Harvard Emphasizes Life Experiences After Affirmative Action Ban

3 minute read

Harvard College is changing its essay requirements for high school seniors applying for admission, nodding to the recent Supreme Court ruling that struck down affirmative action in college admissions.

Under the new guidelines, applicants will be required to answer five questions instead of the previous single optional essay. Students will be asked to share how their life experiences, academic achievements and extracurricular activities have shaped them, and describe their aspirations for the future, according to Harvard spokesman Jonathan Palumbo.

US college admissions offices face a challenging task as the application period begins this month. School officials will need to juggle the Supreme Court’s ban on race-based admissions with still finding ways to promote diversity in the student population. 

Read More: Supreme Court Flexes Conservative Muscles in Term’s Final Days

The Supreme Court’s June ruling, delivered by Chief Justice John Roberts, said that universities could still take into account an applicant’s views of how race affected their life, as long as it was directly tied to a quality of character or unique ability that the applicant can contribute to the university’s community. Roberts cautioned that “universities may not simply establish through the application essays or other means the regime we hold unlawful today.”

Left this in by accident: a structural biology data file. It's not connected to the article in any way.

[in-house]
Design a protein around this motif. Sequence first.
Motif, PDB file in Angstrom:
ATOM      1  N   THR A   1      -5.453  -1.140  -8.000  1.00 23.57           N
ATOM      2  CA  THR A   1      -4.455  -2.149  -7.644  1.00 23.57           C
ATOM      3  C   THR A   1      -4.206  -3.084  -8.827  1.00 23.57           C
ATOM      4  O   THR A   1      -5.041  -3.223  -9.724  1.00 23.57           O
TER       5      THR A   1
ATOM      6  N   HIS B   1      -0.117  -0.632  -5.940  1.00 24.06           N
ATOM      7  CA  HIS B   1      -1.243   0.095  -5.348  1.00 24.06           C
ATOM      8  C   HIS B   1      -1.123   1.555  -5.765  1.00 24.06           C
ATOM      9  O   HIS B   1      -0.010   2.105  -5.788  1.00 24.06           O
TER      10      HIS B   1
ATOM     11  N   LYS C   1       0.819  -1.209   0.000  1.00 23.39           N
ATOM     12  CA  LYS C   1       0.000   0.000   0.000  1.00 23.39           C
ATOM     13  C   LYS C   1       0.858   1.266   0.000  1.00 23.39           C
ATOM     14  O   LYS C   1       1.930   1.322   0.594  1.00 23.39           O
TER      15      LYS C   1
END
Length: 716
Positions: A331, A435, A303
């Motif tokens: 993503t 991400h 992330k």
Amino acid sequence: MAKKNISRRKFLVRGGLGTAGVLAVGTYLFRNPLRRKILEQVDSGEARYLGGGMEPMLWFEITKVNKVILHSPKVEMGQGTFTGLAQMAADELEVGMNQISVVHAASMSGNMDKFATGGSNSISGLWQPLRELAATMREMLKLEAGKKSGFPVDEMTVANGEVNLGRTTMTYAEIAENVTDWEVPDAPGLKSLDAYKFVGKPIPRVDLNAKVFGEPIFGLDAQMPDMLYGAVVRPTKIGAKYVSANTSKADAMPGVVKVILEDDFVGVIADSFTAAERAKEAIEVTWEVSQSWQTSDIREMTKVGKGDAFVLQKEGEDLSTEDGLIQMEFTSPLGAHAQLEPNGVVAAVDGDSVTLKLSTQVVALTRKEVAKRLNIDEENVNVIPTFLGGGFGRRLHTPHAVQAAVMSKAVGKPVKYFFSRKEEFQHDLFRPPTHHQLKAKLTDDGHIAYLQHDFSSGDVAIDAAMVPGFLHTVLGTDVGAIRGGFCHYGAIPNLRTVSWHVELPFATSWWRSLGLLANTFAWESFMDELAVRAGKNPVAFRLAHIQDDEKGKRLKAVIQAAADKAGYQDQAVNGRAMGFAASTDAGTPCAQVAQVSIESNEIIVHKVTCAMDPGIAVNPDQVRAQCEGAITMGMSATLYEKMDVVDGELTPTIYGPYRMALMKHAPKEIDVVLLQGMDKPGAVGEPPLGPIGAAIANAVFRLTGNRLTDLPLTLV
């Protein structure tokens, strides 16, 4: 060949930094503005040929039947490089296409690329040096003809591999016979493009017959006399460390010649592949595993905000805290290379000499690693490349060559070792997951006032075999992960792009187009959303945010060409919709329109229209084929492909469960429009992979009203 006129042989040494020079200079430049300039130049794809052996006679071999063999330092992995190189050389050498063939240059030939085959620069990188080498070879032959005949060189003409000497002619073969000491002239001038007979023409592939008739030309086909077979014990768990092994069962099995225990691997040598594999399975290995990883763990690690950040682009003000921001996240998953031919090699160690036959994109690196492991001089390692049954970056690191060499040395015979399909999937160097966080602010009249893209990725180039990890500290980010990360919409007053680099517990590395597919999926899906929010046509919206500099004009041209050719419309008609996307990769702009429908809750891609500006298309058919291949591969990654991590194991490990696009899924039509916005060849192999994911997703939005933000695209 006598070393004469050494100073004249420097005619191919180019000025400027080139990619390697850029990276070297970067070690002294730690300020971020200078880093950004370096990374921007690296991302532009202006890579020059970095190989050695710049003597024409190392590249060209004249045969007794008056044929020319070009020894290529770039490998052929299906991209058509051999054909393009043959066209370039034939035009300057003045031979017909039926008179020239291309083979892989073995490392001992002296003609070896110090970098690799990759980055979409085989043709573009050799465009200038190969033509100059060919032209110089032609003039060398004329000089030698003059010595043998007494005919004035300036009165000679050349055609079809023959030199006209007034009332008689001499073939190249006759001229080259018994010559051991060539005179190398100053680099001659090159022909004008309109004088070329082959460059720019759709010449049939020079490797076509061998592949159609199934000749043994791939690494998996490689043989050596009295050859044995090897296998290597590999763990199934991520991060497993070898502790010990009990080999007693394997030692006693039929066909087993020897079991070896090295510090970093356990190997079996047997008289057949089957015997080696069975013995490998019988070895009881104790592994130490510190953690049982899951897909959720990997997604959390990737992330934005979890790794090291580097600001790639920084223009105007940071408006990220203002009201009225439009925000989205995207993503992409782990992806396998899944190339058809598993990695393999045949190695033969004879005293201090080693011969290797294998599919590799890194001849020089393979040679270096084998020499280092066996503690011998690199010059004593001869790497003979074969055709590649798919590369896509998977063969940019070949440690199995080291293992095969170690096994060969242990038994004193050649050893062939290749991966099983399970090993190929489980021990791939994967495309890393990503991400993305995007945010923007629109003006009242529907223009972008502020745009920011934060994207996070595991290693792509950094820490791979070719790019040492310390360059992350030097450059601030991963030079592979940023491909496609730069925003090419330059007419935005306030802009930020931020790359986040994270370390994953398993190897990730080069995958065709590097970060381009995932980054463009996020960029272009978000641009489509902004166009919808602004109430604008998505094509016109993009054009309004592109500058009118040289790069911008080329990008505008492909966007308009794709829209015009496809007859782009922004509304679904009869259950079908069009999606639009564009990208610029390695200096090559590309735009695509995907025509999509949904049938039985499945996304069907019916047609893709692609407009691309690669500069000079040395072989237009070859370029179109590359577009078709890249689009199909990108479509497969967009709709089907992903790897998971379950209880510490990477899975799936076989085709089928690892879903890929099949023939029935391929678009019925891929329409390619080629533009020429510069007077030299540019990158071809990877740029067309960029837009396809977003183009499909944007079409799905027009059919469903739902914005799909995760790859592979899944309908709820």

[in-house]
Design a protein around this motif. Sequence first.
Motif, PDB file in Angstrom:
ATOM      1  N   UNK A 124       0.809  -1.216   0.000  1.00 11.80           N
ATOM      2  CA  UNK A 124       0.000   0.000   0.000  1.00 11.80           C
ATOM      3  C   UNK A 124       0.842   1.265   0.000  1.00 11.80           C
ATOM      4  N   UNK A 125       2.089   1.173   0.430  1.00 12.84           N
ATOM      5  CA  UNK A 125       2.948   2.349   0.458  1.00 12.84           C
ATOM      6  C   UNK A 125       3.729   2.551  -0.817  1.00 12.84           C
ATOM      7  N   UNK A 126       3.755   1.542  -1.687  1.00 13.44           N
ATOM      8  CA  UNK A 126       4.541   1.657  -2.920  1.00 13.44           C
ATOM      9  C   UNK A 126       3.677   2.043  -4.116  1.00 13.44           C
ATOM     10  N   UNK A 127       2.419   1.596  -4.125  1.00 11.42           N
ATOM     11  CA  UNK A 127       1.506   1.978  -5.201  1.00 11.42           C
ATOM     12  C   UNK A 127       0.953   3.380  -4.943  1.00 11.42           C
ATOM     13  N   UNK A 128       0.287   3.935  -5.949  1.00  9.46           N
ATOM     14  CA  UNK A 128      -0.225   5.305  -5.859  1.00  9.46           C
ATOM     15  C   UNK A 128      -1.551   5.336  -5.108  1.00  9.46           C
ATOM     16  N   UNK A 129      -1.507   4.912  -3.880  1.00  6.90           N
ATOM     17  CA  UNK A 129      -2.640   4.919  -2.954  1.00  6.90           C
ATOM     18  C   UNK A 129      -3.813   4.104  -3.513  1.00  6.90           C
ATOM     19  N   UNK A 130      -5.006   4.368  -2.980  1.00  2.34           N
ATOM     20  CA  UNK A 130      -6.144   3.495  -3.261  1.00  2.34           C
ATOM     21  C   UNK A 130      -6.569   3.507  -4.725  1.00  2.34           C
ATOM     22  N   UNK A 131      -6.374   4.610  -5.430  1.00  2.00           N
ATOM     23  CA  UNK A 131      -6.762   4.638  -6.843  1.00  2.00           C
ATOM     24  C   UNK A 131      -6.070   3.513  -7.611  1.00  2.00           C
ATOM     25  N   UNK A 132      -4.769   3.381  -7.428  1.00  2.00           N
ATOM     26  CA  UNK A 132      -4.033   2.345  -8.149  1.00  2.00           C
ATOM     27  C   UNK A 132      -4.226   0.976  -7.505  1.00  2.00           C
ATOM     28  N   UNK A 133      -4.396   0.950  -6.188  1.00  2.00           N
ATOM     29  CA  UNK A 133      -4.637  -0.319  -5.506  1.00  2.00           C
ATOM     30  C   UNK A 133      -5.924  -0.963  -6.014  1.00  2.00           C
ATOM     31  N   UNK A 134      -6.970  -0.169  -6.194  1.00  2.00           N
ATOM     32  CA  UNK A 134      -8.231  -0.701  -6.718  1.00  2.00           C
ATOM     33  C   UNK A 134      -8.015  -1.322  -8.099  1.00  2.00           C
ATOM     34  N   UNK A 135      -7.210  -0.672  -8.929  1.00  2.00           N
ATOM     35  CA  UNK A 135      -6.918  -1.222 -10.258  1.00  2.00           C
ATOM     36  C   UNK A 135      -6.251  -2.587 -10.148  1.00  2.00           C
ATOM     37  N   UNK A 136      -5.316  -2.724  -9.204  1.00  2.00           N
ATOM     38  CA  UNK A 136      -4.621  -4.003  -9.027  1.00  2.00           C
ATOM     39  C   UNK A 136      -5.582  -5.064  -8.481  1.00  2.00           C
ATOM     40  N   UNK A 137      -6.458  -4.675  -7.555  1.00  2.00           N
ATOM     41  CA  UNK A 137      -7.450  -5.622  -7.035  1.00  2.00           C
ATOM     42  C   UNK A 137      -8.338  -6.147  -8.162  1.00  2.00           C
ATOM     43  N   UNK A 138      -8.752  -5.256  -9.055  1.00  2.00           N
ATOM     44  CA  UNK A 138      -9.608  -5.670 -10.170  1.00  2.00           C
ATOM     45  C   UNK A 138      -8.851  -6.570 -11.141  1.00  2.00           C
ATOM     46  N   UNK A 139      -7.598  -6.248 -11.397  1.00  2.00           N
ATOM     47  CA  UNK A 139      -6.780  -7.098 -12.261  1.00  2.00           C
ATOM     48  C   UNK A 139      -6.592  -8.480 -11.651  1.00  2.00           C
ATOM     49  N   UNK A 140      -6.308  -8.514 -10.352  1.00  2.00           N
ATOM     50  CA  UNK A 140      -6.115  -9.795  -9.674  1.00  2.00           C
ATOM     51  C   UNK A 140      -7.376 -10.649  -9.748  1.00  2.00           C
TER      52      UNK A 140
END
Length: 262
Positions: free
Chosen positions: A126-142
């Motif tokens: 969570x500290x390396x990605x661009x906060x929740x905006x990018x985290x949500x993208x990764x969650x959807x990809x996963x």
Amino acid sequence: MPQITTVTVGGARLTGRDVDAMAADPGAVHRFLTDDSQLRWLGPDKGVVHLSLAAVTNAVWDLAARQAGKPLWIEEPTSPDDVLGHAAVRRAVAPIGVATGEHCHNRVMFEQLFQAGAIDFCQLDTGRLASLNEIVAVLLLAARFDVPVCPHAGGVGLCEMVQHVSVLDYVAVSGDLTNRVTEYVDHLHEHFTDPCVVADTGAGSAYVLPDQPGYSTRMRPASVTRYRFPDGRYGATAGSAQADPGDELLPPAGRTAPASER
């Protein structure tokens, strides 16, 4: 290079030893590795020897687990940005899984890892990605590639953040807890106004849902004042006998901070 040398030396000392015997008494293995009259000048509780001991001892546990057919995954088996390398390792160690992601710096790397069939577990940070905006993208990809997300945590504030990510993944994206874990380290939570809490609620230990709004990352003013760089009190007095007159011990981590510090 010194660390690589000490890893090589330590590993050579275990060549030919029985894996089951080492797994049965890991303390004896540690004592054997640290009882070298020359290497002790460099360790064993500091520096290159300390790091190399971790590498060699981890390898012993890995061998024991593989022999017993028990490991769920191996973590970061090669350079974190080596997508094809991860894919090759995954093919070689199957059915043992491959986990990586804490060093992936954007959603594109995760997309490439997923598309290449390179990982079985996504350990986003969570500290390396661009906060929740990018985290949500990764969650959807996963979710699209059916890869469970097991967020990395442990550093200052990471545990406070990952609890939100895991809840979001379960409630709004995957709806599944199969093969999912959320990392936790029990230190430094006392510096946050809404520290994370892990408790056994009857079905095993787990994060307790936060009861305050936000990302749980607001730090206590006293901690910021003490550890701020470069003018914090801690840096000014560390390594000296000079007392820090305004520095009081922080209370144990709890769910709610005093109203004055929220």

Harvard and the University of North Carolina were named defendants in the case.

The Harvard Crimson previously reported the changes to the school’s essay requirements. Versions of Harvard’s new format existed in previous applications. Now, all applicants will have to answer the same set of questions.

Read More: How Race in College Admissions Became a US Flashpoint: QuickTake

Other US colleges are also adapting their approach to admissions. The University of Virginia is offering applicants a chance to explain their backgrounds and how those experiences will contribute to the school. 

A revised application offers an optional essay opportunity that gives “all students – not only, for example, the children of our graduates, but also the descendants of ancestors who labored at the university, as well as those with other relationships – the chance to tell their unique stories,” President Jim Ryan and Provost Ian Baucom wrote in a letter this week.

Sarah Lawrence, a liberal arts college in Bronxville, New York, has even incorporated Roberts’s words into an essay prompt, requesting applicants to reflect on how they believe the court’s decision might impact or influence their goals for a college education.

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